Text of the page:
An Australian man built up so much static electricity in his clothes as he walked that he burned carpets, melted plastic and sparked a mass evacuation.
Frank Clewer, of the western Victorian city of Warrnambool, was wearing a synthetic nylon jacket and a woollen shirt when he went for a job interview.
As he walked into the building, the carpet ignited from the 40,000 volts of static electricity that had built up.
"It sounded almost like a firecracker or something like that," he said.
"Within about five minutes, the carpet started to erupt," he told Australian radio.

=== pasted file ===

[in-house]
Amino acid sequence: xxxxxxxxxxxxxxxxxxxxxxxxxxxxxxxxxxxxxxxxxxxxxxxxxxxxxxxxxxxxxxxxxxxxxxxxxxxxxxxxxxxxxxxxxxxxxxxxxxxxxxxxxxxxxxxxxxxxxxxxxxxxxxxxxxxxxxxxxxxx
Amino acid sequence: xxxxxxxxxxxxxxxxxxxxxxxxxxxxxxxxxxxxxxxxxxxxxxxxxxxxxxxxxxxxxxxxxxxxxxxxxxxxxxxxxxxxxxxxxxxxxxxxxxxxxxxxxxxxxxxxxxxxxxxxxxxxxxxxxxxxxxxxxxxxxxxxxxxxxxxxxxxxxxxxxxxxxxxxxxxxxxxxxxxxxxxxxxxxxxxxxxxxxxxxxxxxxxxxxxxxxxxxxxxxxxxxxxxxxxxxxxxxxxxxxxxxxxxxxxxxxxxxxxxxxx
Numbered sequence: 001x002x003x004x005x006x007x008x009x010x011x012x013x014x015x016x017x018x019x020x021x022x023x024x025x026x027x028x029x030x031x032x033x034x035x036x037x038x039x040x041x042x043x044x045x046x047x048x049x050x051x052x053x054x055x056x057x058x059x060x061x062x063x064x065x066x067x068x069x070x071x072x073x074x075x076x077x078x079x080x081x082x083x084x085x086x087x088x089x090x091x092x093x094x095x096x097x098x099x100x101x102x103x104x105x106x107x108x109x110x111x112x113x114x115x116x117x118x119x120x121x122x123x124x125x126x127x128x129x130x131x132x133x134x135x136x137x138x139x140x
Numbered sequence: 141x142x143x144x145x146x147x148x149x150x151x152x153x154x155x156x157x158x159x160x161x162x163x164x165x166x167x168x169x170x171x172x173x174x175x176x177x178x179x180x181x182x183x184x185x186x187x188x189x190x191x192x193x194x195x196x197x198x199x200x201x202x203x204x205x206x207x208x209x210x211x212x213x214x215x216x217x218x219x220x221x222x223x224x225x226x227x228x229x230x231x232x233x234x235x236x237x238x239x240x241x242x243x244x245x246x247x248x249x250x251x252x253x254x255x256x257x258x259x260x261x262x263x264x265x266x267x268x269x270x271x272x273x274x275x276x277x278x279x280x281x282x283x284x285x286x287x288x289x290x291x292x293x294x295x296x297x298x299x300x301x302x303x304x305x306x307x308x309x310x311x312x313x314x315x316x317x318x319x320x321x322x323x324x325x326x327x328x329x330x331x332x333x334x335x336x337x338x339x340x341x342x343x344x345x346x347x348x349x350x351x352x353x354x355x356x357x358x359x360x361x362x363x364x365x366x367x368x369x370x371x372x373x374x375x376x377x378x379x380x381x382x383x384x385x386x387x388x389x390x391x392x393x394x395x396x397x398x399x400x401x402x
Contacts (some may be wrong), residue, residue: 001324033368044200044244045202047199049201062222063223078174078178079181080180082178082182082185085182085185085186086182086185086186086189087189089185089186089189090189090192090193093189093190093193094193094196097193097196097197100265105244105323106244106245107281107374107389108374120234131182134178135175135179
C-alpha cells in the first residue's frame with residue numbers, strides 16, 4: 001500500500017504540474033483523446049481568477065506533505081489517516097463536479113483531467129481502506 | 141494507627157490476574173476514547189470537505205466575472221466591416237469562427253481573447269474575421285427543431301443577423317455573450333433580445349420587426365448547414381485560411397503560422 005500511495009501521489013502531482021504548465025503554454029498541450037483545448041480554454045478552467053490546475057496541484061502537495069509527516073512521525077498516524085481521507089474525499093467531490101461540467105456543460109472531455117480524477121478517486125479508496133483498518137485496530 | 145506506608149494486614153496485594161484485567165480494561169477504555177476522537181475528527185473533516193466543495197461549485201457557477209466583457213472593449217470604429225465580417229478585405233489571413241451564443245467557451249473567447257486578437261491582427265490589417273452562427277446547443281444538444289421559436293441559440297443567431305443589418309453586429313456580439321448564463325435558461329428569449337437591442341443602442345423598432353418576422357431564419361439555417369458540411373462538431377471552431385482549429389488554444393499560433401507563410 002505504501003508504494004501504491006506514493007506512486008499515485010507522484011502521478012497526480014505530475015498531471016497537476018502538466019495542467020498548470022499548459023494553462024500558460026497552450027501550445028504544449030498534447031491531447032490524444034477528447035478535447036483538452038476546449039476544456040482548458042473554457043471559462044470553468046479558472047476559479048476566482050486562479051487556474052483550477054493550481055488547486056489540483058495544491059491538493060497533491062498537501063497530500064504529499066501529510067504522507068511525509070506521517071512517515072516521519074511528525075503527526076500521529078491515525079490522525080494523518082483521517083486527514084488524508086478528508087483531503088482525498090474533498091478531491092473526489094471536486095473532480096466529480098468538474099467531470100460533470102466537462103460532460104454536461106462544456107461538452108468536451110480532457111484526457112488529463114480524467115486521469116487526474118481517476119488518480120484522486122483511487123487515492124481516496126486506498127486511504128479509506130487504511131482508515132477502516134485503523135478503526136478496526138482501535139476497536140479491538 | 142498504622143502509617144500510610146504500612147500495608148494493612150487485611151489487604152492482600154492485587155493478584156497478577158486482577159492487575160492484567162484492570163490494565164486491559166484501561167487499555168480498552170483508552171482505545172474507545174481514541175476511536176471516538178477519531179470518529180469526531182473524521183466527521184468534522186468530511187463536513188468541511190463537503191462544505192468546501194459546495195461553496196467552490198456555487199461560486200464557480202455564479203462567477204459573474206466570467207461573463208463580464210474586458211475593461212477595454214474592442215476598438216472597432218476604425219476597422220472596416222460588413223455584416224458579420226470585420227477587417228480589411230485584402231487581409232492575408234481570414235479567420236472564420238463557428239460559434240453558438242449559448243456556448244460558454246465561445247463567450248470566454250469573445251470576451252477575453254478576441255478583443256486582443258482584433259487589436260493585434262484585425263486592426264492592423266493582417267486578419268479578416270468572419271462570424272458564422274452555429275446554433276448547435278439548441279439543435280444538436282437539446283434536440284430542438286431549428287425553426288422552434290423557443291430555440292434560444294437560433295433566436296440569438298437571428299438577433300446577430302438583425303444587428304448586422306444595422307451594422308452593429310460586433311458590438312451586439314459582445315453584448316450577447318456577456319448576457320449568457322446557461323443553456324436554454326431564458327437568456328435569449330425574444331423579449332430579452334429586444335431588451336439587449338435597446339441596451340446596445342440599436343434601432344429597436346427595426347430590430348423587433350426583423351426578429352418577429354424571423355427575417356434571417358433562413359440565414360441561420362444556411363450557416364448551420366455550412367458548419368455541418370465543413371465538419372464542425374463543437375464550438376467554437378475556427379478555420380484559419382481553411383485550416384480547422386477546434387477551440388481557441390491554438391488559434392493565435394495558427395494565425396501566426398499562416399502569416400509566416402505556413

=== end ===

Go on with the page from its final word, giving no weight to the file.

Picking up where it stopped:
Perplexed firemen evacuated the building and cut its electricity supply, thinking the burns could have been caused by a power surge.
"There were several scorch marks in the carpet, and we could hear a cracking noise - a bit like a whip - both inside and outside the building," said fire official Henry Barton.
Mr Clewer said that after leaving the building, he scorched a piece of plastic in his car.
His clothes were measured by firemen as carrying an electrical charge of 40,000 volts, the Reuters news agency quoted Mr Barton as saying.
The fire official added that the charge was close to being high enough to cause the items to spontaneously combust.
"I've been firefighting for over 35 years and I've never come across anything like this," he said.